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Illustration on an American father and the Japanese penal system by Alexander Hunter/The Washington Times

‘Japan is a cruel place for us this Father’s Day’

Misplaced optimism in Libya

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Protestors gather near the Legislative Council in Hong Kong, Wednesday, June 12, 2019. Thousands of protesters blocked entry to Hong Kong's government headquarters Wednesday, delaying a legislative session on a proposed extradition bill that has heightened fears over greater Chinese control and erosion of civil liberties in the semiautonomous territory. (AP Photo/Kin Cheung)

Resistance in Hong Kong

Hong Kong is the pebble in China's shoe. The Beijing government didn't try to swallow Hong Kong whole when the British gave up the ghost, and the colony, in 1997. The Beijing government, which seems to have a low opinion of its constituents, promotes the line that Chinese people are incapable of democratic government and they are not capable of the rule of law and consequently are not due the liberties and freedoms common in the West.

Bernie's 'Misery for All'

Bernie Sanders said "the failures of 'unfettered capitalism' are evident if Americans look for them." ("Bernie Sanders evokes FDR, says democratic socialism's time has come," Web June 12). He pointed to the life expectancy of a man in McDowell County, West Virginia, at 64 years, compared with a man in affluent Fairfax County, Virginia, at 82 years. "While poor and working families struggle economically and often lack adequate health care, their life expectancy is declining for the first time in modern American history."

Faith in American society and its protection under the law

Looking for the perfect Father's Day gift? A welcome addition to your summer reading list? A timely inspiration to dig deeper in your faith? "On Faith: Lessons from an American Believer" fits all three bills.

Angry left made own bed

When elites in Western Europe and here at home wrested control of academia, government bureaucracies and centers of "enlightened" culture, they employed tactics of identity politics and intersectionality to divide and conquer the philistines among us — all the time preserving the perquisites of the new ruling order ("Why are the Western middle classes so angry?" Web, June 12). Instead of extolling guideposts of promotion at the gaming table of American life (academic study and a nose-to-the-grindstone ethic along with personal discipline, obeying the law and delaying instant gratification), virtue-signaling elites instruct hoi polloi that pale male croupiers load the dice and stack the deck to rig the process. In other words, the race starts at the finish line for the favored, notwithstanding the expense of trillions of dollars in a failed effort to eliminate poverty and elevate the disadvantaged with policies of busing and affirmative action.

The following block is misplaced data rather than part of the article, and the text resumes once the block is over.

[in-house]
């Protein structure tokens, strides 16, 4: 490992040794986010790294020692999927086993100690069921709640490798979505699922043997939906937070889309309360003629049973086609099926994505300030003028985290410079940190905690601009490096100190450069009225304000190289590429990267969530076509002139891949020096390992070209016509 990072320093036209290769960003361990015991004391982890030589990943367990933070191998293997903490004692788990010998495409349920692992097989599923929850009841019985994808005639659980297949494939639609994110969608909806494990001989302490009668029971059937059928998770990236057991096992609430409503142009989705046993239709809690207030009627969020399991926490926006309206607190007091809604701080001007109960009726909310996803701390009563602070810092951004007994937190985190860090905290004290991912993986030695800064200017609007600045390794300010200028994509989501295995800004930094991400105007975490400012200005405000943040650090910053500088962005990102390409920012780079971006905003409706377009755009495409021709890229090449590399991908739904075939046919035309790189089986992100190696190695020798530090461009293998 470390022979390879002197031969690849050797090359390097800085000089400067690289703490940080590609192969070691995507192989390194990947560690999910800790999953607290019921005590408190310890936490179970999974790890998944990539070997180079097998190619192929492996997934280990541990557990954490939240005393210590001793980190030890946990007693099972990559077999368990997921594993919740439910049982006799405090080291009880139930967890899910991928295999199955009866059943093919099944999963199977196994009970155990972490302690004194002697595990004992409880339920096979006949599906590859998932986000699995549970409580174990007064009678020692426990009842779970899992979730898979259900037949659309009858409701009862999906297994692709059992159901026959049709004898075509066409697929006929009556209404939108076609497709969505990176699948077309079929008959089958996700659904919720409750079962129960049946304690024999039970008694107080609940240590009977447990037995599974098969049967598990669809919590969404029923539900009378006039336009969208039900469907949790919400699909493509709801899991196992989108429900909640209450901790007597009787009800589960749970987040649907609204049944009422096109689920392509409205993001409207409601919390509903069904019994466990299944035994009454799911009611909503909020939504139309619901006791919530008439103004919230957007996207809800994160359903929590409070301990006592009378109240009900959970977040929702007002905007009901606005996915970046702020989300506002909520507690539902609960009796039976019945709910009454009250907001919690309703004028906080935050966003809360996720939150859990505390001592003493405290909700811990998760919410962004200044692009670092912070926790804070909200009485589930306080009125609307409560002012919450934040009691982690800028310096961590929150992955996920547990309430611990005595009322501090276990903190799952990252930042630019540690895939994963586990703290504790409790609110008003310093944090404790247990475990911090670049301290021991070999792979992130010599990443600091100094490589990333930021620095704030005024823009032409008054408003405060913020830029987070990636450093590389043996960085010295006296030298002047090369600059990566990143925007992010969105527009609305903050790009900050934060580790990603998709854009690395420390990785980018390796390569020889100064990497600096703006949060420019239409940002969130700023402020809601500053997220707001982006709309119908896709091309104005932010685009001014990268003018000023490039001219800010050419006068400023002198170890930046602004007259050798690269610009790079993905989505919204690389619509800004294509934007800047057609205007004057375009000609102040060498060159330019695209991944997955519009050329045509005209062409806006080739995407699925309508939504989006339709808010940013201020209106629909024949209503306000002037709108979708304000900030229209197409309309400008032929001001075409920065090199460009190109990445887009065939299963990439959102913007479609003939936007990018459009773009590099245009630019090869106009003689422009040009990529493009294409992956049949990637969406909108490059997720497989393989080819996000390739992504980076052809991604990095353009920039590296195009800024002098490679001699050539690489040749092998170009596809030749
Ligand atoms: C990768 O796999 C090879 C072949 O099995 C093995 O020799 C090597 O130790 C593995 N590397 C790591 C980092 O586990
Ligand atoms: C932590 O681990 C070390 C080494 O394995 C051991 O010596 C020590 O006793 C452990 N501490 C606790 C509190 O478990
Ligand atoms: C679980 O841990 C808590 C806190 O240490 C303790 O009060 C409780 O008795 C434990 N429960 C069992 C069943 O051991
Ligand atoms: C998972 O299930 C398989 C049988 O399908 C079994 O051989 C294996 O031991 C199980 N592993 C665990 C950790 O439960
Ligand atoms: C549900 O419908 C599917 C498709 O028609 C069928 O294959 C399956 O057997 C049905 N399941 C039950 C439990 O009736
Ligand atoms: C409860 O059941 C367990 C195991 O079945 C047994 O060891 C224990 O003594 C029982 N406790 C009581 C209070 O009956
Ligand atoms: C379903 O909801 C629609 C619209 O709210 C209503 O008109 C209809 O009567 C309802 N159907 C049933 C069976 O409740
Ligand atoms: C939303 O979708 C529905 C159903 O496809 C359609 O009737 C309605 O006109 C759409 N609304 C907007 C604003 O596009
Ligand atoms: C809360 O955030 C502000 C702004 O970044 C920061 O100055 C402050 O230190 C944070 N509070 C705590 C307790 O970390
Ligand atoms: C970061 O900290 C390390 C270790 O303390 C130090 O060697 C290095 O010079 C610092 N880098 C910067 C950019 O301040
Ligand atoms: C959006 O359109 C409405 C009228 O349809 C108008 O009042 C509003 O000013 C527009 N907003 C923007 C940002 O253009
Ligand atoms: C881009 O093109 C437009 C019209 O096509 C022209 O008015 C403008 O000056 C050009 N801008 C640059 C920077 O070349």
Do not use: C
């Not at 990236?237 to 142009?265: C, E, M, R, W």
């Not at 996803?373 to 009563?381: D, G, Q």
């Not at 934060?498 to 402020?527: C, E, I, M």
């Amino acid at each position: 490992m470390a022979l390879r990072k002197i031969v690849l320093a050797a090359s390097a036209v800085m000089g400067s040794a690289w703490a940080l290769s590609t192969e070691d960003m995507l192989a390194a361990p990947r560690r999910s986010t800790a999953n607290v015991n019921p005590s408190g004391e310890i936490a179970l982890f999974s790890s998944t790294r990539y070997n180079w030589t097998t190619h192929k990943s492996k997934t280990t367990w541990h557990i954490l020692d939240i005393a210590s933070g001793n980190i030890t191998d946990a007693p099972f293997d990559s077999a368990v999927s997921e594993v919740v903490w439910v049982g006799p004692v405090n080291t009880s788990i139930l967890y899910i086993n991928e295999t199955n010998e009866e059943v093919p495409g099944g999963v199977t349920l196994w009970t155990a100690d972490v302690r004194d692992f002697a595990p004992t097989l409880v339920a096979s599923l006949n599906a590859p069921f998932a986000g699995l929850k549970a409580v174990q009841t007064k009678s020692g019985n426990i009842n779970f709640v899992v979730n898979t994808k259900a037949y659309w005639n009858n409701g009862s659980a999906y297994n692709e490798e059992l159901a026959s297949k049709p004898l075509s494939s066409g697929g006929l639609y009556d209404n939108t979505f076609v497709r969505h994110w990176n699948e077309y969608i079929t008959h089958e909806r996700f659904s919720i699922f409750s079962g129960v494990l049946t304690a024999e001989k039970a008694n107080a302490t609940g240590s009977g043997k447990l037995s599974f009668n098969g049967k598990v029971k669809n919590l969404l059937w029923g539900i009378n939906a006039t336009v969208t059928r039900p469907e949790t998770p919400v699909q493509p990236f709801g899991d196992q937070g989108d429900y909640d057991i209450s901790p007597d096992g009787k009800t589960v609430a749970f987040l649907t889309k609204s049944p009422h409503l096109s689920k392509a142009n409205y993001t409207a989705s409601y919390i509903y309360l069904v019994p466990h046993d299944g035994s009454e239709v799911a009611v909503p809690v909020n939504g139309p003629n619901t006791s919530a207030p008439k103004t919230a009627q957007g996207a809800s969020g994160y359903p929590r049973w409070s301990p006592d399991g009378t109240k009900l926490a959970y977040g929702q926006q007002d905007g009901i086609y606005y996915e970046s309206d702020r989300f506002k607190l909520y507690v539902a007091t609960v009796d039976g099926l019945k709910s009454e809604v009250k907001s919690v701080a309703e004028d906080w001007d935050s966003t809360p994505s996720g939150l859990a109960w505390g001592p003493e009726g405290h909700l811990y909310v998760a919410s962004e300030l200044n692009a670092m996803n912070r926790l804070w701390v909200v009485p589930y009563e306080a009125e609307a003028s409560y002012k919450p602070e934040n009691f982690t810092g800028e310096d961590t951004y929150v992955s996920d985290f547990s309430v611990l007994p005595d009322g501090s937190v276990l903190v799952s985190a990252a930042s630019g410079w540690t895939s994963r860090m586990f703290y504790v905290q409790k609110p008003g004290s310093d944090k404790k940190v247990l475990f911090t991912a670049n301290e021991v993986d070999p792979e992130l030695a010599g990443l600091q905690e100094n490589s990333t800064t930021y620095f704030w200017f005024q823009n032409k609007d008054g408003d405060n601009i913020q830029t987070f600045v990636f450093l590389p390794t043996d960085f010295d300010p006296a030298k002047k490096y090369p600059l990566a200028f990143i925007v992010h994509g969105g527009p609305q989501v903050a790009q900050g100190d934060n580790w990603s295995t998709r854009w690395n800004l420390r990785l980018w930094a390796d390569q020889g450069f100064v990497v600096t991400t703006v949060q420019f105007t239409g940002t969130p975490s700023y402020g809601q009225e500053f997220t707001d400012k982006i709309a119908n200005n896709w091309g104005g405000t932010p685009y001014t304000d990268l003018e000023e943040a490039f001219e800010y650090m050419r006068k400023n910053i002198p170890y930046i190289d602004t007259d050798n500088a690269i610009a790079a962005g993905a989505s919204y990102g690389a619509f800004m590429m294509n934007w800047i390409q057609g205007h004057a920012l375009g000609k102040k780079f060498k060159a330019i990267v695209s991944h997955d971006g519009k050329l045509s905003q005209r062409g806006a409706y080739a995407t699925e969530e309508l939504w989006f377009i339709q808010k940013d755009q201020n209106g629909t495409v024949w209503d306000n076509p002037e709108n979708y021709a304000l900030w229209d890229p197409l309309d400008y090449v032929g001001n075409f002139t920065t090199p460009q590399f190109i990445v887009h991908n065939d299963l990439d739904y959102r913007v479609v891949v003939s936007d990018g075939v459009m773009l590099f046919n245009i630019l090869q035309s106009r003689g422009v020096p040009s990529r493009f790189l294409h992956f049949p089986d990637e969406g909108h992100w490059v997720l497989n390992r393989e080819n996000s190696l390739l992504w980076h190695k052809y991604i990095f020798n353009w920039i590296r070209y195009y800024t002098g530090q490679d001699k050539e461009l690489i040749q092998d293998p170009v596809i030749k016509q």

Russian President Vladimir Putin, right, shakes hands with his Moldovan counterpart Igor Dodon during a meeting at the Kremlin in Moscow, Russia, Wednesday, Jan. 30, 2019. (Maxim Shemetov/Pool Photo via AP) **FILE**

Putin not interested in fighting corruption in Moldova

For a media that has been obsessed with the narrative of Russian collusion in the U.S. for three years, and which has made Russian President Vladimir Putin out to be the Antichrist, it's interesting to see the Western press now spinning the narrative that the Kremlin in this case wants to "fight corruption" by backing the ACUM-Socialist coalition and allegedly '"does not want to interfere" in Moldova's affairs.

Illustration on the coming effects of the budget deficit by Alexander Hunter/The Washington Times

The persistence of wasteful federal spending

The political battles raging across the federal government seem to be consumed by trade wars, immigration and of course impeachment. Those issues will run their course in due time, but there is a much bigger problem that seems to be attracting little if any attention here at the highest levels of government.

Illustration on merit-based immigration policies by Linas Garsys/The Washington Times

Why Congress must address this merit-based immigration reform idea

A few weeks ago, I was in New York City and saw the majestic Hudson Yards real estate development. This is the largest private real estate development in the whole nation that was built over a rail yard. You really need to see it the next time you are in New York to appreciate how amazing this combination of residences, office buildings, a mall and a 16-story-high structure of connected staircases called "The Vessel" that provides a great view of the Hudson River. This project would not exist today, but for the EB-5 investor visa program.

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